Projecting the NBA using xWARP: Detroit Pistons

This offseason, the Pistons upgraded. They also seemingly ignored fit and spacing, which might hamper them reaching their maximum offensive potential. Ultimately, though, they decided that’s less important than simple improvement. This was a team destined for another lottery appearance without major talent upgrades. In adding Josh Smith and Brandon Jennings, the Pistons have greatly improved their overall base of talent. So what sort of return can Detroit fans expect on that upgraded roster?

The addition of Josh Smith was, frankly, huge for the Pistons. Despite his possibly troublesome fit with the existing Pistons front court of Greg Monroe and Andre Drummond, Josh Smith is a difference making player. He’s one of those rare players in the NBA: a positive contributor on both ends, even with his troublesome propensity for long jumpers. Smith’s projected xRAPM, according to Nathan Walker’s numbers, is a +3.4, which may be a tad optimistic, given those fit issues. On the other hand, it’s also possible that Smith, Drummond, and Monroe will simply share all of the big man minutes and Michael Curry won’t ask J-Smoove to play on the wing, where his worst impulses are more likely to get the better of him. For Pistons fans, that has to be the hope.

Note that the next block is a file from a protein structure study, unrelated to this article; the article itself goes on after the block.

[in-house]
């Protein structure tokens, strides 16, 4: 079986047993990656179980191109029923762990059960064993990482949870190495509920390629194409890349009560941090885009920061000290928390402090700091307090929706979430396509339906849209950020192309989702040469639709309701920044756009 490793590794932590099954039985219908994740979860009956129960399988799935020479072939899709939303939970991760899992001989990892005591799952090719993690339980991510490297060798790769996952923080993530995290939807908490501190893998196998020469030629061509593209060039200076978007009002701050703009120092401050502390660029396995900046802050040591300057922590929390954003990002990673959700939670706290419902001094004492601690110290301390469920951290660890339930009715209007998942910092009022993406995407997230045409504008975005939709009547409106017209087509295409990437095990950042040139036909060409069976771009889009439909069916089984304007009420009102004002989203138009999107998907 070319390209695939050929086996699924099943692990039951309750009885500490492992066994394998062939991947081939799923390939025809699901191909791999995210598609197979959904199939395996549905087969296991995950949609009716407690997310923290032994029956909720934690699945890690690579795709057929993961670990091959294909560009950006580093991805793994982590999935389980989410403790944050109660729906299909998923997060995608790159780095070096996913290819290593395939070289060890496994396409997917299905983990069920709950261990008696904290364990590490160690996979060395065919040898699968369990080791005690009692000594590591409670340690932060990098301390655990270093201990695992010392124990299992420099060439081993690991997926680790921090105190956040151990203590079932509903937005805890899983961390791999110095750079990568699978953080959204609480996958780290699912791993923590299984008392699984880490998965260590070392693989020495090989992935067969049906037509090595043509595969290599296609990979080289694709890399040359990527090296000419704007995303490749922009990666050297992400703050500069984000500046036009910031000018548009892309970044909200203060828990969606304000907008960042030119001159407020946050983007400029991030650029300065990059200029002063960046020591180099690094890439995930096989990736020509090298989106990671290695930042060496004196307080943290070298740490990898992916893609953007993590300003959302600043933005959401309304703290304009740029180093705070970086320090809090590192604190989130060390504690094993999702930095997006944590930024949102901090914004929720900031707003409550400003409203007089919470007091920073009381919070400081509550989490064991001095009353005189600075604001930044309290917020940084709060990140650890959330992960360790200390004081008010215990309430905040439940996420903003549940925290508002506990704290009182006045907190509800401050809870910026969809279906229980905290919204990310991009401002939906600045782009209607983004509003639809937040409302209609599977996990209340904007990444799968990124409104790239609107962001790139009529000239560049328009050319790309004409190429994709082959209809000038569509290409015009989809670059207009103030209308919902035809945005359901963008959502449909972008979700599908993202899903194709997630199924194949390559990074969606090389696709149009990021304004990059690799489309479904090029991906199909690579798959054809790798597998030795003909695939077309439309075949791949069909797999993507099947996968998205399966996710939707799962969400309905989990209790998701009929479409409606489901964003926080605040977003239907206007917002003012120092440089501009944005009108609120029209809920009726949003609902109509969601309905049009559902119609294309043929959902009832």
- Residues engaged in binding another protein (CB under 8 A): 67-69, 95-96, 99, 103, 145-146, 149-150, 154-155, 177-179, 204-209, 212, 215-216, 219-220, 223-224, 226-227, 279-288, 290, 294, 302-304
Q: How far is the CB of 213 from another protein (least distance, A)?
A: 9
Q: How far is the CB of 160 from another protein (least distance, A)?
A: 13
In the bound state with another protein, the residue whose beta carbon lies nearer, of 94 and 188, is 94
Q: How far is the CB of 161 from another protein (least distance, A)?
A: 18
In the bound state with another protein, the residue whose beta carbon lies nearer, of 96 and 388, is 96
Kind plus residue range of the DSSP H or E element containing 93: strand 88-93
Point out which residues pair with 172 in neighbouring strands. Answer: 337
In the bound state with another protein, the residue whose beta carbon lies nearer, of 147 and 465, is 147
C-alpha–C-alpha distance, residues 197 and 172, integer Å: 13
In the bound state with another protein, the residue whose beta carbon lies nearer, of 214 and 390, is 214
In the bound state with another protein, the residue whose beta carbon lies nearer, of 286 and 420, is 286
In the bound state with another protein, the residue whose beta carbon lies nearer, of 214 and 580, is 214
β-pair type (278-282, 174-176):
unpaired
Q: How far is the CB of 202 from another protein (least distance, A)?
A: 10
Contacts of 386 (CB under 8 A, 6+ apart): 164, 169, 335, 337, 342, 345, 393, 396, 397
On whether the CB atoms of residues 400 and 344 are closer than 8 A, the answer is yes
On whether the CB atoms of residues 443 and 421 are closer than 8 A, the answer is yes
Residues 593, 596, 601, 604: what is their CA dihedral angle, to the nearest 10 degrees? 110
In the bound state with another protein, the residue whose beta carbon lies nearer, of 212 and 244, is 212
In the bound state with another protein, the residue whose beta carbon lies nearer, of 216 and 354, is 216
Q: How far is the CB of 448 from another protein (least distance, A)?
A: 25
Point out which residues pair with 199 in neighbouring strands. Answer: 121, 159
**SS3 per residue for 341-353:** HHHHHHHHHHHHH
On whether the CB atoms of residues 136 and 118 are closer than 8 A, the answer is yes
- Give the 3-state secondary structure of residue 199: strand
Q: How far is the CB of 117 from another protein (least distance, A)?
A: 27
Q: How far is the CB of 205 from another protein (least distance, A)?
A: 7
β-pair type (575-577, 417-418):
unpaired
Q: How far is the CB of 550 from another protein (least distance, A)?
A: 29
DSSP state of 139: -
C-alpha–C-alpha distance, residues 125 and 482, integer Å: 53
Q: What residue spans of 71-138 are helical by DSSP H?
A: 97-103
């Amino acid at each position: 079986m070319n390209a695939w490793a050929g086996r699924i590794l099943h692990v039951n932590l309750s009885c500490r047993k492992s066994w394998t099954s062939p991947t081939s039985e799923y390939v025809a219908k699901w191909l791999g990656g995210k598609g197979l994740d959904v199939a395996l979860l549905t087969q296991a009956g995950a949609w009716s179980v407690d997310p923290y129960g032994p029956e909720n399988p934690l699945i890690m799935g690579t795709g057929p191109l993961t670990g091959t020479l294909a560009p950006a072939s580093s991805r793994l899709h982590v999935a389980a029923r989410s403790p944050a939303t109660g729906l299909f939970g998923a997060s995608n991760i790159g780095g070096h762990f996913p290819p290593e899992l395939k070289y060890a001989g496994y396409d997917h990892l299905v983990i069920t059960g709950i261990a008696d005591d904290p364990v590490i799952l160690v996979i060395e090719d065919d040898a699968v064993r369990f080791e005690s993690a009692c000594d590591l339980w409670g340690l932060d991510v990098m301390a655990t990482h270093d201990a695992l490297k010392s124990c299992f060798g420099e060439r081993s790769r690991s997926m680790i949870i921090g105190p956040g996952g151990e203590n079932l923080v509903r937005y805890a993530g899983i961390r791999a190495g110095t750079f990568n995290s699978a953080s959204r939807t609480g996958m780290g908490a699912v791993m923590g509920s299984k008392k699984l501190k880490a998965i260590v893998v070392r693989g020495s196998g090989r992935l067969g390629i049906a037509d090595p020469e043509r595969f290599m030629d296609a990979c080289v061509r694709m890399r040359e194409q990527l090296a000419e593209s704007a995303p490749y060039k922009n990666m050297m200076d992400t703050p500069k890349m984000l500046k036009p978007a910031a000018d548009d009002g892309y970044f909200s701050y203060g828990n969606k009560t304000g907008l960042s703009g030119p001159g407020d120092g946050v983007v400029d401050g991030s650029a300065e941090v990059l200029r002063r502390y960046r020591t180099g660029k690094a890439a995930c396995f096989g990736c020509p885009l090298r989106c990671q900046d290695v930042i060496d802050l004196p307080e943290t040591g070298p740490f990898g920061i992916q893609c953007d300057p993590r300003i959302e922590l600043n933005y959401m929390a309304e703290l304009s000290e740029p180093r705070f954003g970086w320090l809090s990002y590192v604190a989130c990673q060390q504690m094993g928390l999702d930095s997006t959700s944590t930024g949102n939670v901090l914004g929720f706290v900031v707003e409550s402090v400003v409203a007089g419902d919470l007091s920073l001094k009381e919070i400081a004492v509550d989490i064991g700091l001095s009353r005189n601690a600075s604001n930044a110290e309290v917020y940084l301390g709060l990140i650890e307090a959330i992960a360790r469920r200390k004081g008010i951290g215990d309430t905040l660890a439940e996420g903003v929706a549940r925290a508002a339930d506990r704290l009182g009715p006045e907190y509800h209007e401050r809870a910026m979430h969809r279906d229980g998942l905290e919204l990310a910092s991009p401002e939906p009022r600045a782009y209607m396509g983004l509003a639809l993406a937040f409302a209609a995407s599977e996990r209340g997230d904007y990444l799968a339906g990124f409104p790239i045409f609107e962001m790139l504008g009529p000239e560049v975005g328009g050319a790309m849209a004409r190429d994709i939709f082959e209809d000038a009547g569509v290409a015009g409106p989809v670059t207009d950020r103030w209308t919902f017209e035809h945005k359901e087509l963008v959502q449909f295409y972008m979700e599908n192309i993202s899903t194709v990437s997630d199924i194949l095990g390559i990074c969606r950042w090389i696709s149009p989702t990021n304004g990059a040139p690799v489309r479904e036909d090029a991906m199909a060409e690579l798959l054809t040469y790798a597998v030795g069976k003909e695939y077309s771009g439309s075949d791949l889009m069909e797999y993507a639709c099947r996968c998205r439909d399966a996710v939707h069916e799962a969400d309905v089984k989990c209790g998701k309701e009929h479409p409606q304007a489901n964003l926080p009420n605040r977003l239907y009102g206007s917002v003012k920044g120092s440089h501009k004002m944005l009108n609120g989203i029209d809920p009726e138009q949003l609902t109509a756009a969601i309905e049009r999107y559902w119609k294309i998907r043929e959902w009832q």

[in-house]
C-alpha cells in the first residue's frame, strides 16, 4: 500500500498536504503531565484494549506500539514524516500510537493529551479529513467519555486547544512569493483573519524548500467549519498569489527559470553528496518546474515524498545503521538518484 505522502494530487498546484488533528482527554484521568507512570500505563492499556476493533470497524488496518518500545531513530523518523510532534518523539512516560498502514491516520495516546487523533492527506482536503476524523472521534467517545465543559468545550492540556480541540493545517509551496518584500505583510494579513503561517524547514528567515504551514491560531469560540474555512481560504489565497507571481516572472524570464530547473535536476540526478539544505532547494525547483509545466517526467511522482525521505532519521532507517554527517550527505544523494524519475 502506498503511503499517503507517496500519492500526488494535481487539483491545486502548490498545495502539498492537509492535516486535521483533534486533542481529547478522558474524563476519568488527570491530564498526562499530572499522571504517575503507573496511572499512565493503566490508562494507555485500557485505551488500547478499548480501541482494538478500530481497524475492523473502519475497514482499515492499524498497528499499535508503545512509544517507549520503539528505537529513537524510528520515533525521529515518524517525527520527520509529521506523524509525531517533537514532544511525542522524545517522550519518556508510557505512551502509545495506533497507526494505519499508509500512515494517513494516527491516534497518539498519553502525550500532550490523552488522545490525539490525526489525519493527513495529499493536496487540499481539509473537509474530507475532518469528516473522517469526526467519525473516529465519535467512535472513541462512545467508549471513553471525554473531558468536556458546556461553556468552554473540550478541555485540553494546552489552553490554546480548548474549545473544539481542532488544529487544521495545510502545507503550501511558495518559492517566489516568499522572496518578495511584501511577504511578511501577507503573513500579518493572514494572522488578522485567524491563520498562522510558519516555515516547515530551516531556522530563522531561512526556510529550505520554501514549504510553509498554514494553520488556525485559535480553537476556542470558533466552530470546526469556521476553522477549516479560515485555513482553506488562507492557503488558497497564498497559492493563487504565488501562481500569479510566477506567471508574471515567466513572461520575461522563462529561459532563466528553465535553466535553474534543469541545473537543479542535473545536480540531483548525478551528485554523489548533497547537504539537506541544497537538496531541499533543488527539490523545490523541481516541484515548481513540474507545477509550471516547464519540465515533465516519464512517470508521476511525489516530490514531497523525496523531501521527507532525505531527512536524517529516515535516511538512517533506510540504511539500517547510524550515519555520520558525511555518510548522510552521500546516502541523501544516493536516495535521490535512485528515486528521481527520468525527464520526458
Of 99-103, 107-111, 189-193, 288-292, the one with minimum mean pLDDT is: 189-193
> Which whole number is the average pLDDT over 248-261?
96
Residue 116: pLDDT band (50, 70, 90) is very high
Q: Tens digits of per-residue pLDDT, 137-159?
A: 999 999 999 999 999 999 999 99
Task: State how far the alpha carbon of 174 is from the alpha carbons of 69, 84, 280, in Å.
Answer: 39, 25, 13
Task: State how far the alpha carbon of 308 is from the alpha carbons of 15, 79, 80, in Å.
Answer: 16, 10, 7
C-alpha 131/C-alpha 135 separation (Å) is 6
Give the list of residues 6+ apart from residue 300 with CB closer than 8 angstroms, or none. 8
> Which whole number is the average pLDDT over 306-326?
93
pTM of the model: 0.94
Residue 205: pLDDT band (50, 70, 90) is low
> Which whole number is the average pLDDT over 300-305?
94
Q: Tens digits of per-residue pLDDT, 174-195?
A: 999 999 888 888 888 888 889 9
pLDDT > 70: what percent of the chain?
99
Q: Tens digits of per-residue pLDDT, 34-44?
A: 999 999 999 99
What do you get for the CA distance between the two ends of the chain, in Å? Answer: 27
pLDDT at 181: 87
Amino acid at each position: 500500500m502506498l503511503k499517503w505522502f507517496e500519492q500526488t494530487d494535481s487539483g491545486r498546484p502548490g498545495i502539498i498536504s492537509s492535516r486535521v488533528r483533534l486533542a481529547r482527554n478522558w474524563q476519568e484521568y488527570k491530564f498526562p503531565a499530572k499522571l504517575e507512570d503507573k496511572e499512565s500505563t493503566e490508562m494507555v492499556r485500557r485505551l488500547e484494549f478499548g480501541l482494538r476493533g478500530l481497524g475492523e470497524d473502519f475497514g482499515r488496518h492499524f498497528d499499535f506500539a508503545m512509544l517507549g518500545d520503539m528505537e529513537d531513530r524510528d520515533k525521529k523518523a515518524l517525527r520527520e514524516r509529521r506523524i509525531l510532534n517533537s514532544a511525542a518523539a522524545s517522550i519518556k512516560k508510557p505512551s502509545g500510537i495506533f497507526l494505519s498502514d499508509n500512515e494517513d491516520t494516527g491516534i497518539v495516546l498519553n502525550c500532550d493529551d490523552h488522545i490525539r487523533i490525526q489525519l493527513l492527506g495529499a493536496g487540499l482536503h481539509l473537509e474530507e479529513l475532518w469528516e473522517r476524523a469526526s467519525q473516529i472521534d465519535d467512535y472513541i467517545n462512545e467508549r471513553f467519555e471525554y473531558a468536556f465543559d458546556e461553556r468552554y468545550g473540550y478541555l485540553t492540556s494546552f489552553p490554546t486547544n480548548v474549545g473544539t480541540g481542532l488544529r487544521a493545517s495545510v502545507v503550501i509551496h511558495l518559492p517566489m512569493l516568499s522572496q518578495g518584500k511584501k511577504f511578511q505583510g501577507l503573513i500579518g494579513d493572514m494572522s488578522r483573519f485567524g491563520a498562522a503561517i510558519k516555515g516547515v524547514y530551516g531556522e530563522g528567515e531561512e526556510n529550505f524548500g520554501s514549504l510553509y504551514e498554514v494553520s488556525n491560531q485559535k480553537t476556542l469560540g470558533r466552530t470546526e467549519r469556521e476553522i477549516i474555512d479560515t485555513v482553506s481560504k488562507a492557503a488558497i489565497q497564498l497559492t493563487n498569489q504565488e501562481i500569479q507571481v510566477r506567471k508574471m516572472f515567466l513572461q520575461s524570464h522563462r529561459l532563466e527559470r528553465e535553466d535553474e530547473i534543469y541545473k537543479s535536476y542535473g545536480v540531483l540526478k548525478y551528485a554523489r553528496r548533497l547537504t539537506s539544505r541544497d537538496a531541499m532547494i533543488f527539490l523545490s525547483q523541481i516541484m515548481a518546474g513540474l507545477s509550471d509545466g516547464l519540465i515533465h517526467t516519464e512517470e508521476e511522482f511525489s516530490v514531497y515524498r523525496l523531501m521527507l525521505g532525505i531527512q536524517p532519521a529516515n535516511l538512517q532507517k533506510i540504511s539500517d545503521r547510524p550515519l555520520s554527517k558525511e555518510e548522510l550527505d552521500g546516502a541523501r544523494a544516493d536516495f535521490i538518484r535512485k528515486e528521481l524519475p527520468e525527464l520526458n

Brandon Jennings should improve a lot over last year’s (-2.5) lackluster campaign and return to something more closely approaching his previous career tendency of hovering around the league average of +0 xRAPM. Greg Monroe and Andre Drummond both still look to be great contributors. The rest of the Pistons roster is pretty unremarkable. It’s a supporting cast of nearly all above replacement, but below average players. That big man trio, though, is enough to account for nearly 27 projected wins above replacement, which gets you most of the way to the 42 wins these Pistons project to win, given that a team of all replacement players would, on average, win about 7 games out of 82. I wrote at the time that it happened that I couldn’t figure out why the Pistons signed Josh Smith, but now it seems perfectly obvious: to be a better, more talented team, this year. Good on Joe Dumars for building a team worth watching and that should finally see his Pistons playing meaningful games again in April.

Image from Gameface-Photos via Flickr.